AAT Bioquest

What are the functions of proteoglycans?

Posted January 6, 2023


Proteoglycans function as structural components of cartilage, intervertebral discs, brain ECM, tendons, and corneas. Therefore they are important for collagen organization, viscoelastic properties, and corneal transparency. Proteoglycans also provide hydration and swelling pressure of the tissue allowing it to resist compressional forces. Leucine rich proteoglycans (SLRPs) are the largest class of proteoglycans, and function as signaling molecules when tissues are remodeling during diabetes, inflammation, cancer, and atherosclerosis.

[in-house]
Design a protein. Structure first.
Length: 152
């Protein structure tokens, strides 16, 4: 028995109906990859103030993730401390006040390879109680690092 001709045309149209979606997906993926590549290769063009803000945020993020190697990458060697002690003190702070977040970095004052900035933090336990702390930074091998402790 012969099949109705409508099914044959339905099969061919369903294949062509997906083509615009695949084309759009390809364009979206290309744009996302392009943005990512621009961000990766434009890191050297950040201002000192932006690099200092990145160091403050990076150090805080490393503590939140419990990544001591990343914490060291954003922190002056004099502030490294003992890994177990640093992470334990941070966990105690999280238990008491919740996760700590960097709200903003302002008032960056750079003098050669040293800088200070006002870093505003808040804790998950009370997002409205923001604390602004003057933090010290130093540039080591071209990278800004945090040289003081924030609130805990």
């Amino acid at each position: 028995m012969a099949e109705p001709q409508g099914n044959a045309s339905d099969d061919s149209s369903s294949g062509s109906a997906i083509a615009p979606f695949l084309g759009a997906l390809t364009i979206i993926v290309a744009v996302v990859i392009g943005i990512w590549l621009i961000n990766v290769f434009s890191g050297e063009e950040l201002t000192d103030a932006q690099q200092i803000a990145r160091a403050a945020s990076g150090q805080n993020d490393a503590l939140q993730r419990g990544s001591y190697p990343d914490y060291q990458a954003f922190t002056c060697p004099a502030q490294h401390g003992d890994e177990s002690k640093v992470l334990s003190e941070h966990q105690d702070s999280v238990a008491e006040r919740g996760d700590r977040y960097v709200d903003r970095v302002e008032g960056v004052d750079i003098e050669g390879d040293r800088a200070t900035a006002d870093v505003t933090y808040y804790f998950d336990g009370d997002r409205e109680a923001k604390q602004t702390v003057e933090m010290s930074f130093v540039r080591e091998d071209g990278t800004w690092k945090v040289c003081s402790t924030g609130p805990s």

Additionally, proteoglycans function in chemical signaling by binding secreted signal molecules (e.g. growth factors) and altering their signal activity. Proteoglycans can also bind to secreted proteins like proteases and protease inhibitors. This allows for the regulation of proteins by restricting their range of action, altering proteins to allow for more cell surface receptors, protecting it from degradation, or providing an environment of the protein for delayed release.

Additional resources

Basement membrane proteoglycans: from cellar to ceiling

Cell Structures and Organelles

Antibody and Protein Labeling